One of my big tasks this weekend was to finally get cracking on my upcoming vintage tab dress, Style Print 1543. It doesn’t have a copyright date, but was estimated to be from the late 1950s/early 1960s by the vintage gurus on Pattern Review. I’ll be making the button-tab view in blue, but since this pattern is for a 42” bust, I’ve got to grade down the pattern to be closer to my 38-39” (depending on the bra!) bust.
My first step was to trace the pattern pieces (read more about my pattern tracing method here) so I wouldn’t have to cut or damage the vintage tissue. Those blue enamel coasters from my mom are the most perfect pattern weights! They’ve even got a nice felt bottom to them.
This pattern has seam allowances (called “turning” here!) included, but they also mark all the seam lines! Heaven! Since I’m going to be altering the pattern anyway, I just traced on the seam lines to make life simpler.
Surely this is the best of both worlds, right? You can choose to use the seam allowances or not (though I understand how this would be impractical on multi-size patterns!)
As I was unfolding all the pattern pieces, I found it really interesting to see the fit alterations the previous seamstress had made. She:
- Took out 2 inches in height everywhere (in the bodice and the skirt)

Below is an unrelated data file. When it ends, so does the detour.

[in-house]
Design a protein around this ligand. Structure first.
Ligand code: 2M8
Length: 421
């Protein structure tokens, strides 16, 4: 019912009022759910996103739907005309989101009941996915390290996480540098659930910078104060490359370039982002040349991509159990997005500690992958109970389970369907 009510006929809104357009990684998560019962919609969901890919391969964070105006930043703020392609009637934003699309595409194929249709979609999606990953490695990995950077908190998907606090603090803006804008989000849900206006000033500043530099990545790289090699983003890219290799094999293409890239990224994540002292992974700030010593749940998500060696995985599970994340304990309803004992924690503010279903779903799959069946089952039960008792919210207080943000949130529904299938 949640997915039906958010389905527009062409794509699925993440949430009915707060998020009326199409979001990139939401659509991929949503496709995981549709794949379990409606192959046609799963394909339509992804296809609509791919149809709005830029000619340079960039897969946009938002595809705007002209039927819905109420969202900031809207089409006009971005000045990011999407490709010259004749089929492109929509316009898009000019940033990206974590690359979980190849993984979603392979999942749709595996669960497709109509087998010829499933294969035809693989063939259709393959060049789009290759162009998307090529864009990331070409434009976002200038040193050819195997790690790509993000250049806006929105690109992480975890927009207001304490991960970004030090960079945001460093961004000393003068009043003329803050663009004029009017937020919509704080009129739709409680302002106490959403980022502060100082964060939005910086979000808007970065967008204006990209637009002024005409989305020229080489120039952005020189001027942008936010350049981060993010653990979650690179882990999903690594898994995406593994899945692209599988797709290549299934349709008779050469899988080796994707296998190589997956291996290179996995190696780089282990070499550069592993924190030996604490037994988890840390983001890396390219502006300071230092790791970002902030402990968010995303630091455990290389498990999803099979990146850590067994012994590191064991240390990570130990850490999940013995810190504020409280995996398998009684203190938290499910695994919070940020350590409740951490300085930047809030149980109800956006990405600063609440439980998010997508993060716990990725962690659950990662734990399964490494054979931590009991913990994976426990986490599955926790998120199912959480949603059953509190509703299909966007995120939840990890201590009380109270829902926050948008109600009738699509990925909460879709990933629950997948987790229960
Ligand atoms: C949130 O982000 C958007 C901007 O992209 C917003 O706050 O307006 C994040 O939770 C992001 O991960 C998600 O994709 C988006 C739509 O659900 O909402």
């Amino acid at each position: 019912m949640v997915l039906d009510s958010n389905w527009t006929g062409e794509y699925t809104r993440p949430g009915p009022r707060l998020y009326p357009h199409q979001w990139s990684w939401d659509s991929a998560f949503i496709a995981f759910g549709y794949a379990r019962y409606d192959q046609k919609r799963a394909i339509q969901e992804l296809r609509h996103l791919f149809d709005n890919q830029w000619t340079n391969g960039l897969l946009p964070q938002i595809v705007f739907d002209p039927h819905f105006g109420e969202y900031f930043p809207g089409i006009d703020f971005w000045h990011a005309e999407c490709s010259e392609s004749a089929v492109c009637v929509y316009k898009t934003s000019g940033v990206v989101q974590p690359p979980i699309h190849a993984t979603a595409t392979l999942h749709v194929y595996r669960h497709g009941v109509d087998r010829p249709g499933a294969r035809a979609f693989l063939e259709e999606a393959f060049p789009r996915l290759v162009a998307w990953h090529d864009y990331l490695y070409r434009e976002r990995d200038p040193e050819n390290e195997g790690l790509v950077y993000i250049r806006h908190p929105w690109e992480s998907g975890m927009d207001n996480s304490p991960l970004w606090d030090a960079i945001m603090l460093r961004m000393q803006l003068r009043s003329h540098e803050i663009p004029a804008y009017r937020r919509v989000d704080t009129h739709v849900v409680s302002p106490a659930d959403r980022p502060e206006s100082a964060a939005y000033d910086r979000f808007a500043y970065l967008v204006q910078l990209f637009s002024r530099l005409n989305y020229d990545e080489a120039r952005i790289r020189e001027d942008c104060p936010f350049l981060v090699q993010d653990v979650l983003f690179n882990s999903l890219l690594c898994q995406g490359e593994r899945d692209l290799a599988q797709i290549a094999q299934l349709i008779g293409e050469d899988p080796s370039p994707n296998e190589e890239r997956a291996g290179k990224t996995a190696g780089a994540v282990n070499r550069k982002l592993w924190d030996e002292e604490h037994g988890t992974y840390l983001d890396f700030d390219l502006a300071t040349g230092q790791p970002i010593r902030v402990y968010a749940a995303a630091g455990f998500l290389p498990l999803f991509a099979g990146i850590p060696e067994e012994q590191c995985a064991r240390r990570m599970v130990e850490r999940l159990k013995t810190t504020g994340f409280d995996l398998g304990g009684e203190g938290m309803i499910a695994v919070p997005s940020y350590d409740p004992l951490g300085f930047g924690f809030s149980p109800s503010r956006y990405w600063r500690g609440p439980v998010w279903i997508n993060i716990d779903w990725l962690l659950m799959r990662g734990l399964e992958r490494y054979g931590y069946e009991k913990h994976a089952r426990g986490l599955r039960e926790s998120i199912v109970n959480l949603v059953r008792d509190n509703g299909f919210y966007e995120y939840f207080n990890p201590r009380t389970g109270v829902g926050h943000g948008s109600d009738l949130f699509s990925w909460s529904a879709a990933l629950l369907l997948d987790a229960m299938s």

- Joined the front skirt pieces together so the three panels were cut as one
- Took a wedge out of the front and back shoulders
- Made both views so this must be a keeper!
She also left her metal pins in the pattern where she folded and tucked the tissue, which is how I could tell all of the above…
Also included on the pattern tissue were some sewing instructions!
Once I traced all the pieces onto kraft paper, I was ready to enter new territory for me – pattern grading! I followed the full version of this Threads article, and used the 2” grade, even though that only takes the pattern down to a B40. I figured I’ll make any other alterations once I assess the first muslin.
And yeah – I know it’s usually all about grading UP with vintage patterns – I must be the only person to ever buy a vintage pattern that’s too big!
Overall, the pattern grading was a really slow and tedious process – at one point James looked at me like I was insane and asked why I was cutting apart the paper just to tape it back together again!
It was pretty depressing to do SO many cuts and shifts to move things only a mere 1/8”. It just feels like you’re not getting anywhere! And because I only took this down 2” (the maximum recommended in the article), I’m still going to have some more alterations to do in the muslin stage, too, by my reasoning.
Which is why I’m doing some other quickie projects at the same time. I don’t deal well with long-running projects…
(And thank you thank you thank you all for your congratulations on my run! I’m so sorry I’m too swamped to reply to everyone individually but I’m touched by every single one of you!)